2017 NKOSI ALBERT LUTHULI YOUNG HISTORIANS’ AWARD

The Western Cape Education Department (WCED) celebrates History with an Oral History competition held on Saturday 19 August at Old Mutual in Pinelands.

The following eight competitors were chosen to represent the Western Cape at the national competition in Pretoria from 29 September - 2 October 2017:

Dyaan Edries (Vista Nova High School), Anoxolo Konkwana (Groenberg High School), Aidan Julius (Fairmont High School), Elthenrich Swartz (Diazville High School), Jemima Jaars (Steynville High School), Ilyaas Bassardien (Vista Nova High School), Maurice Rix (Zeekoeivlei High School) and Kimola Everts (Soneike High School). All the schools in the Western Cape were encouraged to participate in the competition which is open to Grades 8-11 Social Sciences/History learners. 

From left: Dr Peter Beets, Deputy Director General: Curriculum and Assessment Management,Dyaan Edries (Vista Nova High School), Anoxolo Konkwana (Groenberg High School), Aidan Julius (Fairmont High School), Elthenrich Swartz (Diazville High School), Jemima Jaars (Steynville High School), Ilyaas Bassardien (Vista Nova High School), Maurice Rix (Zeekoeivlei High School) and Kimola Everts (Soneike High School).

The competition is an initiative of the national Department of Education’s contribution to the strengthening of History as a subject of choice in schools and is named after the first Nobel Peace laureate South of Sahara, Nkosi Albert John Luthuli, who apart from his fight for total emancipation of the oppressed, was also an educationist of note, having taken up his first teaching assignment at Adams College, where he completed his Higher Teachers’ Training Course.

Ms Karen Dudley, Director GET Curriculum with Ilyaas Bassardien (Vista Nova High School), Dennis Cloete, Subject Advisor Metropole Central Eduaction District, Ms Pertunia Mutheiwana (teacher that will represent the WCED at the national competition) and Dyaan Edries (Vista Nova High School).

We were honoured to have as our adjudicators Dr Wayne Alexander (Director: Education Programmes, Iziko Museums), Ms Nuraan Allie (Oral Historian at UCT) and Ms Emma Proctor (Oral Historian at UCT). There were musical preludes, interludes and a rendition performed by the Beau Soleil String Quatret and the Lambrechts Music Centre (David Cyster and Keon Muller).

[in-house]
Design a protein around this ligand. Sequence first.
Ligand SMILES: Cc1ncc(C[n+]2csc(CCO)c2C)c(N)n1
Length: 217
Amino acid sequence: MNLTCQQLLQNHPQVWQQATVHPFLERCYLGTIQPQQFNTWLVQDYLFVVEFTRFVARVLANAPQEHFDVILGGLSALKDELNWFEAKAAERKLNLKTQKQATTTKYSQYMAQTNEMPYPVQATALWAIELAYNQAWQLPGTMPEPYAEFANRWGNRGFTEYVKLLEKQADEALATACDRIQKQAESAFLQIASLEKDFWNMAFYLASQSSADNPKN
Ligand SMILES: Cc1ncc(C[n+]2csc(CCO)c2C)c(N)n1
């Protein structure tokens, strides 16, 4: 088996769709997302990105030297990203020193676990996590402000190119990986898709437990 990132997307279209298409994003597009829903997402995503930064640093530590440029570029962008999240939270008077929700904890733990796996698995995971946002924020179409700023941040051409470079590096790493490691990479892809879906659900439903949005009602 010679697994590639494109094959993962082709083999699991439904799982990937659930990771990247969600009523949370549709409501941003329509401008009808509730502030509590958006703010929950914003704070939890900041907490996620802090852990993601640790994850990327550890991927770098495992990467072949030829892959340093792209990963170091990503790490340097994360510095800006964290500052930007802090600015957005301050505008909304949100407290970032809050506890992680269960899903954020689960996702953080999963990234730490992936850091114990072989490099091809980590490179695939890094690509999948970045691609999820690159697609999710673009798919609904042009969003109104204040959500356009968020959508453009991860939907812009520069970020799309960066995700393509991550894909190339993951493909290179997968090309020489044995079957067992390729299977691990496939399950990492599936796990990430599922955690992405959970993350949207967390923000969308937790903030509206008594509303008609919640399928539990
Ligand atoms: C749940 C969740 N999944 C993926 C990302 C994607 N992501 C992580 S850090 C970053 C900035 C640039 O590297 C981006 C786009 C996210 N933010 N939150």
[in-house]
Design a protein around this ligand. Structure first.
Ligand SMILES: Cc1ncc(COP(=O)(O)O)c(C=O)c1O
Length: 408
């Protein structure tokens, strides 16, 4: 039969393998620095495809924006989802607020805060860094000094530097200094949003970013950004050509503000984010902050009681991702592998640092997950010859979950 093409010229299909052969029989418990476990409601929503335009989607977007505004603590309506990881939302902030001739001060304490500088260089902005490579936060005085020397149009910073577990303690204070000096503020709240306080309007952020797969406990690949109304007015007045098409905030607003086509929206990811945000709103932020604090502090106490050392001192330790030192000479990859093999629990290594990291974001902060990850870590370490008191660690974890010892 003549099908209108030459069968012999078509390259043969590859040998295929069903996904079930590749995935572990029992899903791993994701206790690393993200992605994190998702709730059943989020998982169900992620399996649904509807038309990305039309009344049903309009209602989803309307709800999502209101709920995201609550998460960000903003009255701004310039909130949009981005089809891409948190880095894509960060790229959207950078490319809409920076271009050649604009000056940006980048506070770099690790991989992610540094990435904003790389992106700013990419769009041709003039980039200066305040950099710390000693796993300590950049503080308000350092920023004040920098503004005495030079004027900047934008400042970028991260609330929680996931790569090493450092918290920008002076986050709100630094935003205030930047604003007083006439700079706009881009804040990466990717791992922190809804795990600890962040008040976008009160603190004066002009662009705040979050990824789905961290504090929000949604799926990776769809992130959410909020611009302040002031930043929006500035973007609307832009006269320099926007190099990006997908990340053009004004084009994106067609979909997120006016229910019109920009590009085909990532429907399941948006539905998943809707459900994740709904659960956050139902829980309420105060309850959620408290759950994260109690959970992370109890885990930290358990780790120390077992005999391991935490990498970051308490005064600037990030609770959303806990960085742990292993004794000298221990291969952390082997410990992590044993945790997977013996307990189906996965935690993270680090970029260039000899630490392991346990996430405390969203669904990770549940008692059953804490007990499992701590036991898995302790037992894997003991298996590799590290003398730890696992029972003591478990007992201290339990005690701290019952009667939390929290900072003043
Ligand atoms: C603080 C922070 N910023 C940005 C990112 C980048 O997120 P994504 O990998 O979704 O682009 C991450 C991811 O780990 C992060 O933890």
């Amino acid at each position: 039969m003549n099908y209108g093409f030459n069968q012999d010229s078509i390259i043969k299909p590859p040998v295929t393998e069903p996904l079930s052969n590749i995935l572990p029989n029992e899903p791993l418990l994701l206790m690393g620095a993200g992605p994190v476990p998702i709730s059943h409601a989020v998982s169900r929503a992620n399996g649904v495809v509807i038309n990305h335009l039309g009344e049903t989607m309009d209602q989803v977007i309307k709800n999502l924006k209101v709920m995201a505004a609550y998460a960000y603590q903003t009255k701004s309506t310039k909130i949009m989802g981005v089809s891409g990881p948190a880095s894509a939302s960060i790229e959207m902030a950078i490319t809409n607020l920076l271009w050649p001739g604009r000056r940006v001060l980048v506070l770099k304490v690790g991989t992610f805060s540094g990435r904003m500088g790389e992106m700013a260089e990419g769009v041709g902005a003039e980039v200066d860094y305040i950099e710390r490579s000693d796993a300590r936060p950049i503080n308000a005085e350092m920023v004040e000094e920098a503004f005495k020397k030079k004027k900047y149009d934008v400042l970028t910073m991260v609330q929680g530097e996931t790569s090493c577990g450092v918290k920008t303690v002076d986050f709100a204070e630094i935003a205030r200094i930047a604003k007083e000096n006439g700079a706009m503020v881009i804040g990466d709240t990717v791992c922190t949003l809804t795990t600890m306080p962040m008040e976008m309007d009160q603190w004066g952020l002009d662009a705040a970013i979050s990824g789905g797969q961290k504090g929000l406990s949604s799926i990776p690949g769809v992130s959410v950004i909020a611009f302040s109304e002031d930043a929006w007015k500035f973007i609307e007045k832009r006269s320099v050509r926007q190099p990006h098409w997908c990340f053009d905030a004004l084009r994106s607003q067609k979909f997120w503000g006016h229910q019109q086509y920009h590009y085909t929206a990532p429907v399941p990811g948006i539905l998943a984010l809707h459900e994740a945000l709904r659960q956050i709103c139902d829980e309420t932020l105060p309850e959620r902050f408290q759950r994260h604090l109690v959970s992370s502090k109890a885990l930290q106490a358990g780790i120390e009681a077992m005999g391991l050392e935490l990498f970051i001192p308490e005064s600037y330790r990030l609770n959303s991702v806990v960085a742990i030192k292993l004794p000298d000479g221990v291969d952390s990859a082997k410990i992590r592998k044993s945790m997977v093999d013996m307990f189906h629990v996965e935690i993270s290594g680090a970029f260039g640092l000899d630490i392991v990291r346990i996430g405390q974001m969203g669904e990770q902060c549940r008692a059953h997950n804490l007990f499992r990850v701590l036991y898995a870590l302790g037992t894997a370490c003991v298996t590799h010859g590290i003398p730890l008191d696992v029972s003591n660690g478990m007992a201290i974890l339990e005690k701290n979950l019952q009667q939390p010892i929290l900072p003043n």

Learners were asked, as part of their oral history project to select one of the topics below and to gather stories from ordinary people on their local contribution to the liberation struggle. Teachers are an important roleplayer in this competition as they guide the learners through the formal research process. In the teacher section of the competition, Ms Pertunia Mutheiwana from Vista Nova High School presented how she introduced the process of oral history to the learners.

The topics that learners had to choose from included:

  • Oliver Thambo was a true servant of the people and was committed in ensuring that South Africa would become a nation that is non-racial, united, non-sexist and prosperous. Learners were expected to interview a former activist and highlight their observations on whether the efforts of the activist (s) has had an impact in the community they live in.
  • On the 23rd of March 1987, Johannesburg railway workers downed tools in support of a colleague that was retrenched. The South African Railway and Harbour Workers Union (SARHWU) embarked on a strike joined by the National Union of Mineworkers (NUM), OK Bazaars, postal workers and auto-workers. Learners are expected to interview former workers who participated in the 1987 South African Railway and Harbour Workers Union (SARHWU) strike and find out from them how the strike impacted working conditions in South Africa then and now.
  • Chief Albert Luthuli once said: “We have a vision of South Africa in which black and white shall live and work together and where there shall be neither whites nor blacks, just South Africans, free and united in diversity”. As South Africa celebrates 50 years of the passing of Chief Albert Luthuli, South Africans are called to emulate the spirit of Chief Albert Luthuli of rising and standing in unity against the dangers of racism and divisions. Learners were expected to interview an individual in their community who was a local hero or heroine during the apartheid era and find out from them how the ideals of Chief Albert Luthuli impacted their lives and that of all South Africans.
  • Freedom, democracy and history of my school: how my school experienced apartheid and the changes since the advent of democracy in 1994. The learner was expected to interview members of the community who were part of the school during the apartheid era.
  • The Black Consciousness movement in South Africa is synonymous with its fighter, Steve Bantu Biko, who still remains to be an icon of the struggle against apartheid. Steve Biko instilled courage, particularly amongst the youth, to fight an unjust system under the banner “Black Consciousness”. 

Learners must interview and write the life story of a leader who was part of the Black Consciousness Movement in the 1970’s.

Ms Pertunia Mutheiwana will represent the WCED at the national Young Historians’ competition in Pretoria.

Through the competition the learners and teachers are accessing the memory of ordinary citizens. History is not only about our heroes, but also about everyday people in our communities. Their names may not appear in the history books, but they have made an immense contribution to get us where we are today